The start, though, is straight out of the burgeoning catalogue of crime fiction tropes, a body found in a library, although it is a well-stocked library, containing one of the world’s best collections of incunabula and owned by Arthur Harrison, one of Terhune’s wealthiest and more demanding clients. There is evidence that the books have been rifled through, but the early return of Harrison’s domestic staff might have disturbed the culprits. Terhune is engaged to compile a catalogue of Harrison’s collection for the forthcoming auction.

While he, and his female accomplice, Julia MacMunn, are working at night in the library, it is broken into a second time and, although Terhune disturbs them, forcing one to drop a distinctive knife, and overhears a conversation in a foreign language, they get away. The knife, the suspicion that they are foreigners – after all, stabbing someone in the back is not an English way of committing murder – and there are some mysterious crosses cut into the turf of a farmer’s field, later to be repeated on the ear of a horse showing signs of the early onset of meningitis, Terhune and his policeman sidekick, the comedic Irishman, Sergeant Murphy, have precious little to go on.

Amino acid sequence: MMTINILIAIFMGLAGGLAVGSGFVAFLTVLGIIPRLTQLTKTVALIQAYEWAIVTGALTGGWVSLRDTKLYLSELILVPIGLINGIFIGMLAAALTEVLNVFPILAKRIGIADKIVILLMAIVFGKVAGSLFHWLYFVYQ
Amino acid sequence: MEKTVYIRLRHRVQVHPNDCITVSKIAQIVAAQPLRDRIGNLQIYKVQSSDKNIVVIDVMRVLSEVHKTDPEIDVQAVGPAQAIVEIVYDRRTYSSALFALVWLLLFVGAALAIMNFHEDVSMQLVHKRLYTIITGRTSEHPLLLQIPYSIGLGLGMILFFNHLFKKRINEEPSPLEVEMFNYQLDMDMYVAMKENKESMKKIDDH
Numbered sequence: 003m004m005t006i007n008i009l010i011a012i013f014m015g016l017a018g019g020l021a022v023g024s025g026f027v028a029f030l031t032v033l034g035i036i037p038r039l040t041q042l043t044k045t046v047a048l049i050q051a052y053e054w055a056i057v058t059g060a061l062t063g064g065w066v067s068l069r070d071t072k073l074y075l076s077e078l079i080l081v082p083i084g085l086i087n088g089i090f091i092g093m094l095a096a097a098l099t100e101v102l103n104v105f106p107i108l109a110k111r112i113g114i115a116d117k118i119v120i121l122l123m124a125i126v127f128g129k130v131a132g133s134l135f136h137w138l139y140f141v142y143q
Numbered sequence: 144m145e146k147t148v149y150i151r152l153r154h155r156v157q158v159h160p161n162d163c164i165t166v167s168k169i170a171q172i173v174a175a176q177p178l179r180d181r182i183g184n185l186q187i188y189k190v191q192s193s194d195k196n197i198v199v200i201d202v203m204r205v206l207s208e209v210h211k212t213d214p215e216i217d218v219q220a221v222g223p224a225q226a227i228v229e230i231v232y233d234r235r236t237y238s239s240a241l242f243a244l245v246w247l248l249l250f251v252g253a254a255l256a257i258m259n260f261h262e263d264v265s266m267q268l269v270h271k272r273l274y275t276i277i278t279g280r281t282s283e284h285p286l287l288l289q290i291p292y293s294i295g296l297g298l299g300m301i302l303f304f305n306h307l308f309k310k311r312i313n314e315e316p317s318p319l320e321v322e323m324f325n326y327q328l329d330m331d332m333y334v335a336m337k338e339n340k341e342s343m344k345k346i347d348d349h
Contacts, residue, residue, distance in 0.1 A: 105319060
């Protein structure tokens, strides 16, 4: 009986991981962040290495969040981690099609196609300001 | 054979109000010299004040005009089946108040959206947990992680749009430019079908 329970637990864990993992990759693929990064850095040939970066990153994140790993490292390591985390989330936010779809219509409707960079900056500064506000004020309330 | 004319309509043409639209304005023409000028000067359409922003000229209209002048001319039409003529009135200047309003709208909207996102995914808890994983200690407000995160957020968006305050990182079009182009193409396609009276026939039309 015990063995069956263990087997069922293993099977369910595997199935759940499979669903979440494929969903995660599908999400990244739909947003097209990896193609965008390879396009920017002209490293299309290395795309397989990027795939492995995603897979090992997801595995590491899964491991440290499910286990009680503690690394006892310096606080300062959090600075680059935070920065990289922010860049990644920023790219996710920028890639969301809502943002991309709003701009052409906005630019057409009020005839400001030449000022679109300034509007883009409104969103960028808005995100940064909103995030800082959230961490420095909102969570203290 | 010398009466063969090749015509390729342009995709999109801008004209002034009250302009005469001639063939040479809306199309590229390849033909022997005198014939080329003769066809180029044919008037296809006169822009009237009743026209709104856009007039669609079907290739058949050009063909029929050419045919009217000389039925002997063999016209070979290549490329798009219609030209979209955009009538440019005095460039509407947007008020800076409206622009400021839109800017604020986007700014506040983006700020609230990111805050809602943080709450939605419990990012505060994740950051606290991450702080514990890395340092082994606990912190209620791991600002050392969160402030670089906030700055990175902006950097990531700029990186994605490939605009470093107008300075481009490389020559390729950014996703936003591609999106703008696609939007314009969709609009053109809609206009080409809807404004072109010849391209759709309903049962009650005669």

Recognising that there is a book or something in Harrison’s collection that is worth committing murder for, Terhune and Murphy hatch a cunning plan to execute at the auction. To say all does not quite go as it should is a bit of an understatement in a gloriously funny and surprisingly suspenseful bidding war which Terhune engages with a man, obviously foreign, with a droopy moustache.

Terhune and Murphy appear to have reached the end of the road until Inspector Sampson arrives on the scene. Now seconded to an international operation to retrieve and repatriate art works looted by the Nazis, the attempts to steal something from Harrison’s collection takes on a more sinister, international perspective and the crosses, a Gaucho practice, begin to have special significance. Terhune’s shop is broken into, he and Julia are forced off the road and hospitalised after Terhune makes an impromptu visit to London to follow a theory of his own, and as he lies staring at the ward’s ceiling, he makes sense of it all.

As he is hors de combat, the physical resolution of the case is out of Terhune’s hands and while most of his reconstruction of what had happened turns out to be correct, the book ends on a rather flat note. Structurally, Sampson’s arrival, role, and revelations are so important to an investigation that seems to have run out of oomph that it has a deus ex machina feel about it and I was left wondering whether that aspect would have been better hinted at or gradually introduced earlier.

Nevertheless, this is an enjoyable and humorous book, with a welcome return of many of Terhune’s gloriously eccentric and annoying customers, and certainly one of the highlights of the series so far. Graeme has shown what can be done with the most conventional of set ups with a bit of imagination. If you have not discovered him, I recommend you start with this.